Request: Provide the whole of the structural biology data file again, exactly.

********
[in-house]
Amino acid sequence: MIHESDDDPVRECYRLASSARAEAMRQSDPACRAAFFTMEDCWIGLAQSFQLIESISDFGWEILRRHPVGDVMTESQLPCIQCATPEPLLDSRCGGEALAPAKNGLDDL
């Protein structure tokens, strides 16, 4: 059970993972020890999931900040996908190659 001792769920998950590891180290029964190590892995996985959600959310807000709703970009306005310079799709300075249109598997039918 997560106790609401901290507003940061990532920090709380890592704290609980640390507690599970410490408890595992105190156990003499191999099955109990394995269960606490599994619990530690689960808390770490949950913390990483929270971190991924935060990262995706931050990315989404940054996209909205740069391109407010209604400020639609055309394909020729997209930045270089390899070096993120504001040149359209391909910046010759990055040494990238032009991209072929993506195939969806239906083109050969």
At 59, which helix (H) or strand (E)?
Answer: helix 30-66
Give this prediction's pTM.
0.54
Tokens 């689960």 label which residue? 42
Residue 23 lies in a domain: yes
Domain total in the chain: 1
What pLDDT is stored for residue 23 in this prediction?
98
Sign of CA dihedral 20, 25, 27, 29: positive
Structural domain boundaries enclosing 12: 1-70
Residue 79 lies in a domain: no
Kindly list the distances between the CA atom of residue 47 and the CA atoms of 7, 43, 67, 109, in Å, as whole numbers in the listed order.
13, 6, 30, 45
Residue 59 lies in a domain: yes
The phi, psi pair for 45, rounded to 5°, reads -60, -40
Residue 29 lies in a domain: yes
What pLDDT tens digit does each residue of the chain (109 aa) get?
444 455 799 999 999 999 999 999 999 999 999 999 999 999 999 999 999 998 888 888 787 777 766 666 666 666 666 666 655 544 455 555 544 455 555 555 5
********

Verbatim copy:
[in-house]
Amino acid sequence: MIHESDDDPVRECYRLASSARAEAMRQSDPACRAAFFTMEDCWIGLAQSFQLIESISDFGWEILRRHPVGDVMTESQLPCIQCATPEPLLDSRCGGEALAPAKNGLDDL
């Protein structure tokens, strides 16, 4: 059970993972020890999931900040996908190659 001792769920998950590891180290029964190590892995996985959600959310807000709703970009306005310079799709300075249109598997039918 997560106790609401901290507003940061990532920090709380890592704290609980640390507690599970410490408890595992105190156990003499191999099955109990394995269960606490599994619990530690689960808390770490949950913390990483929270971190991924935060990262995706931050990315989404940054996209909205740069391109407010209604400020639609055309394909020729997209930045270089390899070096993120504001040149359209391909910046010759990055040494990238032009991209072929993506195939969806239906083109050969």
At 59, which helix (H) or strand (E)?
Answer: helix 30-66
Give this prediction's pTM.
0.54
Tokens 């689960």 label which residue? 42
Residue 23 lies in a domain: yes
Domain total in the chain: 1
What pLDDT is stored for residue 23 in this prediction?
98
Sign of CA dihedral 20, 25, 27, 29: positive
Structural domain boundaries enclosing 12: 1-70
Residue 79 lies in a domain: no
Kindly list the distances between the CA atom of residue 47 and the CA atoms of 7, 43, 67, 109, in Å, as whole numbers in the listed order.
13, 6, 30, 45
Residue 59 lies in a domain: yes
The phi, psi pair for 45, rounded to 5°, reads -60, -40
Residue 29 lies in a domain: yes
What pLDDT tens digit does each residue of the chain (109 aa) get?
444 455 799 999 999 999 999 999 999 999 999 999 999 999 999 999 999 998 888 888 787 777 766 666 666 666 666 666 655 544 455 555 544 455 555 555 5